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Mid-sized corporate jets, like this Cessna 560XL, comprise the bulk of the transient traffic at Moore County Airport. Photo courtesy Philipp Wennrich of Airline Pictures.

The state Department of Transportation has awarded Moore County another grant for airport facility improvements.

The $438,000 grant will pay for the initial steps in the process to replace all of the airport’s lights with new, high-performance, energy-efficient LED lighting. The airport will contribute 10 percent of the grant cost.

“This is a huge win for our airport,” said Moore County Airport manager Ron Maness. “We only requested these funds in January. The state is being very helpful and responsive to our requests.”

The airport filed paperwork for a series of improvements to the airport. The top four items were funding for a new master plan for the airport, funding for taxiways to serve new hangars, funding for improved runway lighting and funds to strengthen of the parking ramp to accommodate heavier planes.

All of the first three items now have been fully or partially funded — almost $4 million in grants in just12 months — and airport officials are hopeful the last item will be forthcoming in the next few years.

This latest grant is for the planning and design for new airport lighting. The red and green runway lights are almost 30 years old, corroded and energy-inefficient.

“We’re changing burned-out light-bulbs every week,” Maness noted. “These are expensive, industrial-grade lights but they’re old technology and just don’t last a long time.”

The plan also includes replacing blue taxiway lights and yellow directional signs.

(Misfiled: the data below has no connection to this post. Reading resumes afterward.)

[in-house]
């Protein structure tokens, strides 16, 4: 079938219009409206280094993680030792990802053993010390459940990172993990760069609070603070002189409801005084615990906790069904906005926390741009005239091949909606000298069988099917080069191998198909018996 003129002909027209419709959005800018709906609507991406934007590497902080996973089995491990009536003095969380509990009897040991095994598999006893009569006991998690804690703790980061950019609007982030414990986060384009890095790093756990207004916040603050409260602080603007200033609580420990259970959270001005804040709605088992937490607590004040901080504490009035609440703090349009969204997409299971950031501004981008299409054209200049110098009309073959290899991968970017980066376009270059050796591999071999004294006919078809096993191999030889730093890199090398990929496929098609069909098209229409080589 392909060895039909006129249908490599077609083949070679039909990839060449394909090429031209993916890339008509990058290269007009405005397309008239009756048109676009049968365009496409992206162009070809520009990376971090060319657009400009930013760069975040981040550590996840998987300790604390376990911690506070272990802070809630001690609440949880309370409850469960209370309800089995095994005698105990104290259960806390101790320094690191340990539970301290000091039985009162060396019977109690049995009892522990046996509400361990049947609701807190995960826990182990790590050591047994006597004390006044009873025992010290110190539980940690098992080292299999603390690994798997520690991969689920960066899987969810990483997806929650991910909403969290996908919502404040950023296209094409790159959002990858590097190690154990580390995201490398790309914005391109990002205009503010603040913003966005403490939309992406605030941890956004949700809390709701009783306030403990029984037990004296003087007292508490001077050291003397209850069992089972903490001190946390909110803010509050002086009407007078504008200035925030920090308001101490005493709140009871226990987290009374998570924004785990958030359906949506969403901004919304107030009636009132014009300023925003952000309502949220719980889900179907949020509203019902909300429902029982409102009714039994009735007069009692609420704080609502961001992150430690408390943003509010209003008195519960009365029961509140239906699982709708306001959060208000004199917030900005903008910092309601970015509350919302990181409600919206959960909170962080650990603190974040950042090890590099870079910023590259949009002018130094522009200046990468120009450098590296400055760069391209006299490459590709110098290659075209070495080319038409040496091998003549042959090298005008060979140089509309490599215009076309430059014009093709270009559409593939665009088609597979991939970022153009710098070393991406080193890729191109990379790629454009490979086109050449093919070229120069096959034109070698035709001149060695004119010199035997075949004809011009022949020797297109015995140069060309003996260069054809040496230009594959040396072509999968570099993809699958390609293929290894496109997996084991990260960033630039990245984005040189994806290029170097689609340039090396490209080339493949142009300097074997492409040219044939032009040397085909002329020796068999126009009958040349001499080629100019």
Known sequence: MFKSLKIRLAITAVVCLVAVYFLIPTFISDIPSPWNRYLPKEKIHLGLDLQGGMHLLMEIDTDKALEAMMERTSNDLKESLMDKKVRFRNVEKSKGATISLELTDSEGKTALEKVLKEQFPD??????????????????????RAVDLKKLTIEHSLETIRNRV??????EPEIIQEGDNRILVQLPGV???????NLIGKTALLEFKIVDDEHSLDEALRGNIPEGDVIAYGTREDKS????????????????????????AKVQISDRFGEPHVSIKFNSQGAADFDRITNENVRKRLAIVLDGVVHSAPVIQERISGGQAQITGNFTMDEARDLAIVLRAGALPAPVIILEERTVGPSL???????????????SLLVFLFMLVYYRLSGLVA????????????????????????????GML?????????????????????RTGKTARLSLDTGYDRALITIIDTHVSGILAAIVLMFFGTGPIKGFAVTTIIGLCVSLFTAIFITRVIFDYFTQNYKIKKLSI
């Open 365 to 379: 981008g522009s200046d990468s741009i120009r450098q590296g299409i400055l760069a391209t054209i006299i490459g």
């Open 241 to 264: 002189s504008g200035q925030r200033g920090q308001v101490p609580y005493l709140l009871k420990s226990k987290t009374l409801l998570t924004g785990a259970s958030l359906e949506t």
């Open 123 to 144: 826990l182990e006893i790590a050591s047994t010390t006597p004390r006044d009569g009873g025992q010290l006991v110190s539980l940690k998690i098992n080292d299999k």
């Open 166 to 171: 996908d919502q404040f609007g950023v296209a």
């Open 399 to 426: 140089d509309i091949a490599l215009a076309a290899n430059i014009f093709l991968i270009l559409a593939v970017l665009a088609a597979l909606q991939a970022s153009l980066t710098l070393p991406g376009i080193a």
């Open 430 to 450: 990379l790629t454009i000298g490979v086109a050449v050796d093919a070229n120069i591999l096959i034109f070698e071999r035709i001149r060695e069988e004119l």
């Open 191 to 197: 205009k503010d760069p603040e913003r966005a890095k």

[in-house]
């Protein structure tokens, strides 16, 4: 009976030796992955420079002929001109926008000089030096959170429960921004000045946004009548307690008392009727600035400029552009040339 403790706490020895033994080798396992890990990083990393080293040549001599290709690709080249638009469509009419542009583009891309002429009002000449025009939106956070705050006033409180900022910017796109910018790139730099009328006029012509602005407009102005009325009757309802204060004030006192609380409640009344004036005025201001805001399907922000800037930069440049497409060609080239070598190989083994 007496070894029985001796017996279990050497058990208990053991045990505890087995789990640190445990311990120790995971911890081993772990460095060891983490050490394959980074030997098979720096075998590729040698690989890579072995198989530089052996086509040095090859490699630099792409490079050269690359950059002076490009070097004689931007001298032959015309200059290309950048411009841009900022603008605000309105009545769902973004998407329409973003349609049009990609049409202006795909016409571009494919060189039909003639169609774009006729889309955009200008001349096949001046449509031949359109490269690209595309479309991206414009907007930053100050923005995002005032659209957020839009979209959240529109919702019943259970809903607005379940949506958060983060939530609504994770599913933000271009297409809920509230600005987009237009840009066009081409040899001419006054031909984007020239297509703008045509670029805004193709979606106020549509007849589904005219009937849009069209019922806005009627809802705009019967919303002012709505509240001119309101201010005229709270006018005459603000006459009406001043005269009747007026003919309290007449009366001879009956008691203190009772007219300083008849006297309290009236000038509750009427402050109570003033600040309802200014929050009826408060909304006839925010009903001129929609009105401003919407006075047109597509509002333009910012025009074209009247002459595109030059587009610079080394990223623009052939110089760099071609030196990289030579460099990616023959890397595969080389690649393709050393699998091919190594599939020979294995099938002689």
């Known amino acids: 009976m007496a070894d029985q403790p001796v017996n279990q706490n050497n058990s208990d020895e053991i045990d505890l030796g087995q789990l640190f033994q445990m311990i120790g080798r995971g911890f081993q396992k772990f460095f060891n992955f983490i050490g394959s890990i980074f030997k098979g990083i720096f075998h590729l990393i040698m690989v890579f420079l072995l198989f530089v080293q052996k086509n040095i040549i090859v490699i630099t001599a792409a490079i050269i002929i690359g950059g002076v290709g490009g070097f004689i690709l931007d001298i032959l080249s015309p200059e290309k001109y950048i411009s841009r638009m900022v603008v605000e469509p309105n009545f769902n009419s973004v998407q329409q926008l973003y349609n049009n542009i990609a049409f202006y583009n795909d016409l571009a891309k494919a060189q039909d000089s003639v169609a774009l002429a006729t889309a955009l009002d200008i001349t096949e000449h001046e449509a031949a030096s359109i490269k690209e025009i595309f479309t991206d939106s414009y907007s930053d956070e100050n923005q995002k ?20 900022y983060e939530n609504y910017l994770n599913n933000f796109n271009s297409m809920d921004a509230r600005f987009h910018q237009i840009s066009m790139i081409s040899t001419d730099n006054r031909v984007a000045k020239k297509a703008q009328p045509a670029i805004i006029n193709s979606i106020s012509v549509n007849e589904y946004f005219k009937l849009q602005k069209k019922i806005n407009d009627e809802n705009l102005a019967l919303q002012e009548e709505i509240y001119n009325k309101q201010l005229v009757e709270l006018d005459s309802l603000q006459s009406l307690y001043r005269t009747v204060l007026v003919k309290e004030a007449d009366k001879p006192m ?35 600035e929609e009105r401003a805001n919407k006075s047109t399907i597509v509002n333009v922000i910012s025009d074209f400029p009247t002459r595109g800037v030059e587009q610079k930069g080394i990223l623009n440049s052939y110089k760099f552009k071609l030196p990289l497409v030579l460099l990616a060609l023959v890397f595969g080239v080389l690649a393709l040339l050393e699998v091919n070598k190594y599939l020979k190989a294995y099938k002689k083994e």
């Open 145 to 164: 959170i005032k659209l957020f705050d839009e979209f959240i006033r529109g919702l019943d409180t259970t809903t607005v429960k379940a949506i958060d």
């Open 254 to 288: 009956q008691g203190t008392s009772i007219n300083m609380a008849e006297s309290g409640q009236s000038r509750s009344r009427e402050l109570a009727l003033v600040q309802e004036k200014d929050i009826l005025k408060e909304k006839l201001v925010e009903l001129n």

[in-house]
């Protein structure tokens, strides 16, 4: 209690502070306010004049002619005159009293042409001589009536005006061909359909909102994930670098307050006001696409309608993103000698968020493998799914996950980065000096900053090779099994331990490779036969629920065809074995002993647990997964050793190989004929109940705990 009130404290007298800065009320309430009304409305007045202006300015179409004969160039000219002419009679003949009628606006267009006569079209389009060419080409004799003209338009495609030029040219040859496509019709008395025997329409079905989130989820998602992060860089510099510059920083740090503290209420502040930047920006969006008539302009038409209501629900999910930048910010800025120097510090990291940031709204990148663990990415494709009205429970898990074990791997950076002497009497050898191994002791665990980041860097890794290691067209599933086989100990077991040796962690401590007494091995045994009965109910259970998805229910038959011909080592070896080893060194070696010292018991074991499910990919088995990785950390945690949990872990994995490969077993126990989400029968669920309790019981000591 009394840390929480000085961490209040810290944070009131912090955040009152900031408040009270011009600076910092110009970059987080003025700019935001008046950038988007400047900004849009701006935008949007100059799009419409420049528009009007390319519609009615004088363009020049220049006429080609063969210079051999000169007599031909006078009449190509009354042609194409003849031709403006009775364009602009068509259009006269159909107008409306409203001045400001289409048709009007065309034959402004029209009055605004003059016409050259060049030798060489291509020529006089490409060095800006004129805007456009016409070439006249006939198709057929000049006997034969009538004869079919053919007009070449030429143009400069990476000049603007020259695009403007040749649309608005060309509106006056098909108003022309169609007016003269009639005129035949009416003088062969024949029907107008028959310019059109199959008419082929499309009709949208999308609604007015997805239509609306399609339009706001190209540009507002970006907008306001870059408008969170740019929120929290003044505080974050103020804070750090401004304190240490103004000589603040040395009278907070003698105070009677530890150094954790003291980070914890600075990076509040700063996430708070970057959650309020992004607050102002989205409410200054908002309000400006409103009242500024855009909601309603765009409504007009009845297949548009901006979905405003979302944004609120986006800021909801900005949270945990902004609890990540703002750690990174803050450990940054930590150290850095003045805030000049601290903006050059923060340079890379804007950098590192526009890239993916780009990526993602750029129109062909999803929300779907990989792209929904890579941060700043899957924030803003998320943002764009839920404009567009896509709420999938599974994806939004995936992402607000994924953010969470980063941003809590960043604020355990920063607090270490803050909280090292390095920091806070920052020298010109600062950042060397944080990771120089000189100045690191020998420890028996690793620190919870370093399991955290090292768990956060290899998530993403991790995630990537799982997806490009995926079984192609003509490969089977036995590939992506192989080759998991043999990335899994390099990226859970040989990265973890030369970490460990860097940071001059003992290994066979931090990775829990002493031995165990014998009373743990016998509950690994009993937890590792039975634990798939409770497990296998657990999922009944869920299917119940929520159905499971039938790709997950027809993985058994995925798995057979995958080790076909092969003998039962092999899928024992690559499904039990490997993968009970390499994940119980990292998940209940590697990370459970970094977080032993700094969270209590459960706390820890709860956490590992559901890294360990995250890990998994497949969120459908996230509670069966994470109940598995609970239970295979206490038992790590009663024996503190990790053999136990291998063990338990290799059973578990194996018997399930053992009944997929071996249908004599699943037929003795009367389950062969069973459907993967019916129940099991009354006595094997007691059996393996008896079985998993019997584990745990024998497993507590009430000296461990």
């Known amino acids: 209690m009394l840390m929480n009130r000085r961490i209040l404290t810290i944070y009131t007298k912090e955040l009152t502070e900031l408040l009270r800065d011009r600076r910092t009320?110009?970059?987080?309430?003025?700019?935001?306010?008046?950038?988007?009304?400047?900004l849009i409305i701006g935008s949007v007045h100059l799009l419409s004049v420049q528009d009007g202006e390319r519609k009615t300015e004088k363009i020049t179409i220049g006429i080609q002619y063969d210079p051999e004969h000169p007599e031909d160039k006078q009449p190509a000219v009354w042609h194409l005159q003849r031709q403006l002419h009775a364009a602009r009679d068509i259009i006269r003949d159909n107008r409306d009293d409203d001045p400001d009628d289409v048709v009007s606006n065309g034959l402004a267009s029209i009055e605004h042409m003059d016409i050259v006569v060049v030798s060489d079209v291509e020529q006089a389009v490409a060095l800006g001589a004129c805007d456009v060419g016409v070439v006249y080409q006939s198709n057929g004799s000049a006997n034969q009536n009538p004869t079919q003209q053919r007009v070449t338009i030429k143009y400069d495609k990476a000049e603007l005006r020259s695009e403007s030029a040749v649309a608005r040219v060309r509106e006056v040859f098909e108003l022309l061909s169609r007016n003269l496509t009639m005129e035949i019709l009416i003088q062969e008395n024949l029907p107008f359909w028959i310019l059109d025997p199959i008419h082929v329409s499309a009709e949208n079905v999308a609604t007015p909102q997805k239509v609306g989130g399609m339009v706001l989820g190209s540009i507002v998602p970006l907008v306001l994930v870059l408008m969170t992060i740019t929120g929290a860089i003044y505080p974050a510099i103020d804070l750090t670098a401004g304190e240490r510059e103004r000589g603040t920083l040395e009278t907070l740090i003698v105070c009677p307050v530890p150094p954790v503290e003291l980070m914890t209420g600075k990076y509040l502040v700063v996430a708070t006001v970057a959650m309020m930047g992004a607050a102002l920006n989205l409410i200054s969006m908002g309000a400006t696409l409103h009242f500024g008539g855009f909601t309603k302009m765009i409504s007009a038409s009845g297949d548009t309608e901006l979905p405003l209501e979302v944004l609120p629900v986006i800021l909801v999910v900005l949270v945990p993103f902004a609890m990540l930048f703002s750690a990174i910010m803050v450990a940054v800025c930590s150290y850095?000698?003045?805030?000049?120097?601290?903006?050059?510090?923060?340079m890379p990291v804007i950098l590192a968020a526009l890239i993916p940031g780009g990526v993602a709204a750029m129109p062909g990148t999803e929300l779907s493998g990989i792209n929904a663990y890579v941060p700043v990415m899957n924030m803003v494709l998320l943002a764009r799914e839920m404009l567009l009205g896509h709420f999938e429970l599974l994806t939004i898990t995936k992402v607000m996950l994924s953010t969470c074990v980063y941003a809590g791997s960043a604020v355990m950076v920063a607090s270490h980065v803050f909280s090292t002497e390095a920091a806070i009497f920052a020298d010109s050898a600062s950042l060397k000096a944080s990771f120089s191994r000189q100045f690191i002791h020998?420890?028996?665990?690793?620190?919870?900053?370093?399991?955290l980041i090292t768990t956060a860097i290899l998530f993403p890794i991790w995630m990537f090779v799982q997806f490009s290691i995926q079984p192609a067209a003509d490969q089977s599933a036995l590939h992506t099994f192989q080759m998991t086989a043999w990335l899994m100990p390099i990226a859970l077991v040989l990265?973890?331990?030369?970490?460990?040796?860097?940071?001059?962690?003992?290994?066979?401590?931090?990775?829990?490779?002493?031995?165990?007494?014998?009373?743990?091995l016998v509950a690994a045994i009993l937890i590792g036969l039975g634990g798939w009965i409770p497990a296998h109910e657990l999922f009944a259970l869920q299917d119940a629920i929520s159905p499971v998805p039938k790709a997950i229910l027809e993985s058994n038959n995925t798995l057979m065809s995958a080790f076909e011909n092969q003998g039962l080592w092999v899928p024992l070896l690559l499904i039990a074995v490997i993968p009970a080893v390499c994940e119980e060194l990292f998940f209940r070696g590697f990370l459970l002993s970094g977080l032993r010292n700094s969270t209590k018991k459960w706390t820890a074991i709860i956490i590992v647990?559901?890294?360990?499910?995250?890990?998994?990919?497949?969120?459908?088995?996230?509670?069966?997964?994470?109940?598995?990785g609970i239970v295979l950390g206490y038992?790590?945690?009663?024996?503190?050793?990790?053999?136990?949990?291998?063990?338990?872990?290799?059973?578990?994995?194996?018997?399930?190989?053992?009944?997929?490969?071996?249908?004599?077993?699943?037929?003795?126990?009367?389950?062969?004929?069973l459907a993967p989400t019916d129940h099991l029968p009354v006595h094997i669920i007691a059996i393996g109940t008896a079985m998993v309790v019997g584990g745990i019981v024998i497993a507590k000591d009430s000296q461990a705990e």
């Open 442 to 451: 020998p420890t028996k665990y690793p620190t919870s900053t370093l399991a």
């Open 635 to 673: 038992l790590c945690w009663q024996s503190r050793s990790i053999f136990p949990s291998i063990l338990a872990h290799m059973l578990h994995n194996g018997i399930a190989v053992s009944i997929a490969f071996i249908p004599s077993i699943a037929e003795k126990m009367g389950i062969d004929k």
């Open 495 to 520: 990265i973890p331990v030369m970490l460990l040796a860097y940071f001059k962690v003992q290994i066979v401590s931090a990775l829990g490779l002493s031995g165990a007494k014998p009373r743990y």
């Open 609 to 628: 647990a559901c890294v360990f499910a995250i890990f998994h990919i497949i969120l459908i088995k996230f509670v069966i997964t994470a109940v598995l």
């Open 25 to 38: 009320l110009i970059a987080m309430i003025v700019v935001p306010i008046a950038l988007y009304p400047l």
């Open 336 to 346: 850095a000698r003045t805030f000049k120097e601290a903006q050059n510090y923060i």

“Switching to LED lights is going to make a big safety impact,” said Pinehurst resident Tom McPherson, chairman of the Airport Authority and a local pilot. “The new lights come on instantly, are brighter and penetrate clouds and fog better. As a pilot who flies in bad weather, I can tell you these lights will make the airport much safer when flying conditions are at their worst.”


Tom McPherson, chairman of the airport authority, examines a corroded taxiway light.

Lastly, the airport hopes to replace the ramp lighting, which illuminates the airplane parking area. There are 19 of these huge halogen lights on poles or attached to buildings around the airport.

“Those old ramp lights use truckloads of electricity,” Maness explained. “Plus, they take 15 minutes to brighten and generate any light at all. By that time, most planes have landed and the passengers are gone, fumbling around in the dark.” LED lights will power-on instantly, saving money, protecting the environment and making nighttime operations substantially safer.

The preliminary estimate for the entire project is $2.3 million. Construction could be completed in 2021.

“I think we’re being supported by the state because we’re pushing forward with a strategic, thorough and comprehensive 20-year master plan,” said Mike Jones, member of the Airport Authority. “The forecasts in the draft plan show air traffic growth here will be strong and steady, which means we need newer, more modern, safer facilities to handle the additional traffic.”

The new master plan replaces one written in 1996. The new plan won’t be finalized until mid-2020, but draft forecasts of flights and passengers already have been reviewed and approved by the State Department of Aviation.